MONTGOMERY, AL (WSFA) - Alabama voters had a lot to say about the confidence - and in some cases the lack thereof - in their candidates following the second presidential debate on Sunday evening.
The biggest hot button issue going into the debate was the recent release of an audio recording of Donald Trump making disparaging comments about his interactions with women. CNN's Anderson Cooper, who was one of the moderators for the debate, addressed the topic early.
Trump said he was "not proud" of his actions, referred to his comments as mere "locker room talk" and then moved his focus to his plans for defeating ISIS.
"He told them it was 12 years ago, it was locker room talk and that's the way it is," Jim Fondren, an Alabama voter, explained. "Men are men, and they like that, you know?"
For Cheryl Blake, Trump's comments do not sway her from supporting him either.
"Boys will be boys," Blake said. "I think there's more at stake than that with the future of where our country's heading."
But Beth Anne Dunagen saw it differently. She was keeping up with the debate transcript on Sunday night to keep track of the fact checking, and she said she was dissatisfied with Trump's explanation for his comments.
"I was astounded, not surprised, that he responded by saying he could defeat ISIS," Dunagen said. "He didn't even give women the respect to say, 'Let me own up to this. Let me address this. Let me assure you.' He just ignored it completely, and I feel like that's been his tactic all along."
Caylor Rolling, who said she tried to watch the debate with her 7-year-old daughter, didn't like the way the topic was brought up at all.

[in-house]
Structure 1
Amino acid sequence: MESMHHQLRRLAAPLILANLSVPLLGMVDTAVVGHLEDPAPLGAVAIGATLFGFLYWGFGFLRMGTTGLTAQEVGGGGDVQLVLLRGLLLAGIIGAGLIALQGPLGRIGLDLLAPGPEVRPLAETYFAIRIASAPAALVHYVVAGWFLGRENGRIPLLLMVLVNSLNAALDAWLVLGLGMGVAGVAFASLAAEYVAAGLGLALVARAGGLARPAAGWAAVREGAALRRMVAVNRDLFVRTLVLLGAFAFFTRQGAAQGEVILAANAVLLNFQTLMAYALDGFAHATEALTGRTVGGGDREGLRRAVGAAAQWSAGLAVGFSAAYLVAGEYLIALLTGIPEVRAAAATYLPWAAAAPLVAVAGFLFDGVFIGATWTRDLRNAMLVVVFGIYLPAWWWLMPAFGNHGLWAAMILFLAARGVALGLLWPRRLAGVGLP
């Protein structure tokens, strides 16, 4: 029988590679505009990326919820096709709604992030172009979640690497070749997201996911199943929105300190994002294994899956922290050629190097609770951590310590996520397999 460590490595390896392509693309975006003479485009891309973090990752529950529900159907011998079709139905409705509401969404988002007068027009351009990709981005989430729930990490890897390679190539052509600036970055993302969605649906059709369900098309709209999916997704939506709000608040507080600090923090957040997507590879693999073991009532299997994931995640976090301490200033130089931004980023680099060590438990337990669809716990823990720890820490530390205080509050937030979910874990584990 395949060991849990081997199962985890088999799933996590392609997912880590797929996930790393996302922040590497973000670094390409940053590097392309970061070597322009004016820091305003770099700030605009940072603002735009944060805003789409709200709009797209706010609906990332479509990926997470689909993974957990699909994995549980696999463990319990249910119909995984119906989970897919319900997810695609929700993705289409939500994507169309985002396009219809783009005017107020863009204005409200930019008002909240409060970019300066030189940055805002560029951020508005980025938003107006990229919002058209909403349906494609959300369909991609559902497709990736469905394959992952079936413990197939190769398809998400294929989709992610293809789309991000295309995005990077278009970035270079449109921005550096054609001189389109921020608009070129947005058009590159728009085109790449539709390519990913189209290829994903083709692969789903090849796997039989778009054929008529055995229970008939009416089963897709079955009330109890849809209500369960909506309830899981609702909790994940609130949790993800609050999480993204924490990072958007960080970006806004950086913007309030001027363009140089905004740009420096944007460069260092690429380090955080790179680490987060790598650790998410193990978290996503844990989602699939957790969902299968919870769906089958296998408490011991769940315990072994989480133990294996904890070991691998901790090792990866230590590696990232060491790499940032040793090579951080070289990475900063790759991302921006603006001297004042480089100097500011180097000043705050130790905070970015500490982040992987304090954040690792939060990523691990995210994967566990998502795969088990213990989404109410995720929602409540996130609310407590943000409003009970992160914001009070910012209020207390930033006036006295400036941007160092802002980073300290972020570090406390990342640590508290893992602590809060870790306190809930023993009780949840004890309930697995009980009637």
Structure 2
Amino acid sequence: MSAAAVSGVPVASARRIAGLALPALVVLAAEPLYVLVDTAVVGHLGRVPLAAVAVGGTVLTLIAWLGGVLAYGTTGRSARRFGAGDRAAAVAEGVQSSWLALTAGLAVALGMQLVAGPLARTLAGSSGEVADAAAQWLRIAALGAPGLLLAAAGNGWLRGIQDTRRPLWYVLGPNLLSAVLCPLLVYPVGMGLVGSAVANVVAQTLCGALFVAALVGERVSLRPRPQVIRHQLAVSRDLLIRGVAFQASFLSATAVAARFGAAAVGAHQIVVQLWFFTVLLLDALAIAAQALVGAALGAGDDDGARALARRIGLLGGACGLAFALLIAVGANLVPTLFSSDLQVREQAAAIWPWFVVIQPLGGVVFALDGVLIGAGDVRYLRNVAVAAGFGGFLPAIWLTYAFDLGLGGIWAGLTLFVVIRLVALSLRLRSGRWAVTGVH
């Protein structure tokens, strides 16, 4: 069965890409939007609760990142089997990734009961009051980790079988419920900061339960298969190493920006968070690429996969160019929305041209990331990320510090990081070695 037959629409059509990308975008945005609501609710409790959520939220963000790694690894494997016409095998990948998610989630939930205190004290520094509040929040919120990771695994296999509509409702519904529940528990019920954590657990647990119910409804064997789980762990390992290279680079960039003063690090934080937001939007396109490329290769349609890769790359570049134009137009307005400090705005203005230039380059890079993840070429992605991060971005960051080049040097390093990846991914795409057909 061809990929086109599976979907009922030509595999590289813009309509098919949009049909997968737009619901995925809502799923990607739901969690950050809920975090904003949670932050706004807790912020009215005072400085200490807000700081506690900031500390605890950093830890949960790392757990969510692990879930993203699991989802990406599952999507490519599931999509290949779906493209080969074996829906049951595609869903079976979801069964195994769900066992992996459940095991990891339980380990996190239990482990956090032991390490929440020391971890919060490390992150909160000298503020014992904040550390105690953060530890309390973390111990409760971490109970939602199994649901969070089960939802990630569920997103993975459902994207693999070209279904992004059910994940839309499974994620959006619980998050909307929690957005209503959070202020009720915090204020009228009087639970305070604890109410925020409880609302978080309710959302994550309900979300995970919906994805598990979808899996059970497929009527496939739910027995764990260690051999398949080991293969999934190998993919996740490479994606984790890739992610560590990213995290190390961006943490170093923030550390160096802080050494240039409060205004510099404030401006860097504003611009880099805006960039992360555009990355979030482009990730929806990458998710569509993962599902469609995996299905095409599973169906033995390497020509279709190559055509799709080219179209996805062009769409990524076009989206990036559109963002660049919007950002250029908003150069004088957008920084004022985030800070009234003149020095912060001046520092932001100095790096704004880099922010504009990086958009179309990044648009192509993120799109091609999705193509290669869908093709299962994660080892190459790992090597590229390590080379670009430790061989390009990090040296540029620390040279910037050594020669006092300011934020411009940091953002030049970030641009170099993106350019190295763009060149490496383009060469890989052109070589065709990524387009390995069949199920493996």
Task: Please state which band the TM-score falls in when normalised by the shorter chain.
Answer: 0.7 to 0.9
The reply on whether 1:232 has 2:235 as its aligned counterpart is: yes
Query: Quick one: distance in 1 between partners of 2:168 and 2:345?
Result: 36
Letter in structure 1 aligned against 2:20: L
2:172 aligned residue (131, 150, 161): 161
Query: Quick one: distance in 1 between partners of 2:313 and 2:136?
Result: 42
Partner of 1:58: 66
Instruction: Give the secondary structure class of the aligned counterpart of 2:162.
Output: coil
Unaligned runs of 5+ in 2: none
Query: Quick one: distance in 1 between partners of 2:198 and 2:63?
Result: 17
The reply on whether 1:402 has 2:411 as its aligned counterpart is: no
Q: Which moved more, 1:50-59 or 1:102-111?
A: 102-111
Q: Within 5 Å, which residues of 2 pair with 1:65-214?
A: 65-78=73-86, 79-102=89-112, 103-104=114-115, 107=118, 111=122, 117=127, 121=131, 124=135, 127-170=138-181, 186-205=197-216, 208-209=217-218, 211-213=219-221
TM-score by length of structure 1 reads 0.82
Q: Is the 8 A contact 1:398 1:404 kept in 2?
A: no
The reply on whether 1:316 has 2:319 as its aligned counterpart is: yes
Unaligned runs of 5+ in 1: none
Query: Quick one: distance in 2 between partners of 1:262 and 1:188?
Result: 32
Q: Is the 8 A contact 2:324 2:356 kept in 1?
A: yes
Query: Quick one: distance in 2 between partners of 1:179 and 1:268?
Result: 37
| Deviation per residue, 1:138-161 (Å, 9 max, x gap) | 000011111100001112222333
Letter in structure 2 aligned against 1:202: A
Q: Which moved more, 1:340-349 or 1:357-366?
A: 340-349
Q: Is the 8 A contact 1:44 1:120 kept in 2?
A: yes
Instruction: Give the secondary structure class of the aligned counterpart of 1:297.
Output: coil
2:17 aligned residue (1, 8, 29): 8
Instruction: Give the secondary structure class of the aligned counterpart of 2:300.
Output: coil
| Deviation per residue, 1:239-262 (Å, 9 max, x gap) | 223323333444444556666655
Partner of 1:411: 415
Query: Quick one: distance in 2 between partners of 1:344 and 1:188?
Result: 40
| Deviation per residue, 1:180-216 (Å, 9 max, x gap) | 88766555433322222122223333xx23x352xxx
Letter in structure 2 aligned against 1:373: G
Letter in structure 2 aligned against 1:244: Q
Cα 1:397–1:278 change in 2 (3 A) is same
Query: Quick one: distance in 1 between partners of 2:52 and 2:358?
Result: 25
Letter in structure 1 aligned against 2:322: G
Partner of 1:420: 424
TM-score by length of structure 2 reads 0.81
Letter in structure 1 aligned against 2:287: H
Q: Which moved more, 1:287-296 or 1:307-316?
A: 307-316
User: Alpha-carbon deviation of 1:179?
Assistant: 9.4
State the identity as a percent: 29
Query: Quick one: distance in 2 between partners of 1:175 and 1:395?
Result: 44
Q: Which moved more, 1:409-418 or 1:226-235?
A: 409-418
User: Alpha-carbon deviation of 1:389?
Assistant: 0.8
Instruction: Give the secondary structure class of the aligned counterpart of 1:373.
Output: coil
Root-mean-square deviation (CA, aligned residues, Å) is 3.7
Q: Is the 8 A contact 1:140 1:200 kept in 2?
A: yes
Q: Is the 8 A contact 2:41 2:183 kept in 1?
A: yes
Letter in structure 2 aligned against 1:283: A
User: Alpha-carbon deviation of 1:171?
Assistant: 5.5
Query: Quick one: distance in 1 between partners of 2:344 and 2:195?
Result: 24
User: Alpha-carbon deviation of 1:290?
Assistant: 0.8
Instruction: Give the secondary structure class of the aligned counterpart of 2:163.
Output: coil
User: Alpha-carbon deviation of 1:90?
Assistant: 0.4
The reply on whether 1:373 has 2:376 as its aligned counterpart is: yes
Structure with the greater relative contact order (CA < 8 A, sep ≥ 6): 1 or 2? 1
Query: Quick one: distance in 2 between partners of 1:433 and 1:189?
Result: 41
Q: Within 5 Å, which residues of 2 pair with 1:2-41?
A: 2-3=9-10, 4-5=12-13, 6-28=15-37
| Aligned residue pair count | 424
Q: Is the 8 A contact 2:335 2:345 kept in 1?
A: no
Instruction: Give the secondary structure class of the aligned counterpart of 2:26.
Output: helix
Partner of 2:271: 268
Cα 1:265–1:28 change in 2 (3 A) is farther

"We have to talk about that because it is a very critical piece for people to understand and include in their decision-making process," Rolling stated. "I was hoping for a little more of a policy discussion so my daughter could think about the issues that are going on in the presidential debate."
As far as other issues, many residents feel as if the debate was more focused on going back-and-forth between the candidates instead of focusing on what matters to the American people.
"It was disgusting," Mark Snow, who plans to vote for Trump, said. "It was like watching a junior high schoolyard brawl. It's embarrassing that this is the best that we can do at this point in life. I don't have warm feelings about him, and I certainly don't have warm feelings about her."
While some voters share Snow's mindset of voting for who they believe is the lesser of two bad options, others are standing with the candidate they are voting for because they truly believe they will make a good president.
Dunagen and Rolling said they both plan to vote for Hillary Clinton and are proud to do so. Blake said that she is a Republican and even though she voted for President Barack Obama in the last presidential election, she is standing with her party and believes Trump will put America "back where it needs to be".
Although there were mixed motives and feelings toward the candidates, everyone who spoke to us said they are exercising their right to vote and are sticking with the person they initially were leaning toward. The general consensus was that neither of the two debates that have aired so far have swayed anyone's political view.
The third and final presidential debate will be held on Oct. 19 in Las Vegas.
Oct. 24 is the last day to register to vote in Alabama in time for election day, which is Nov. 8.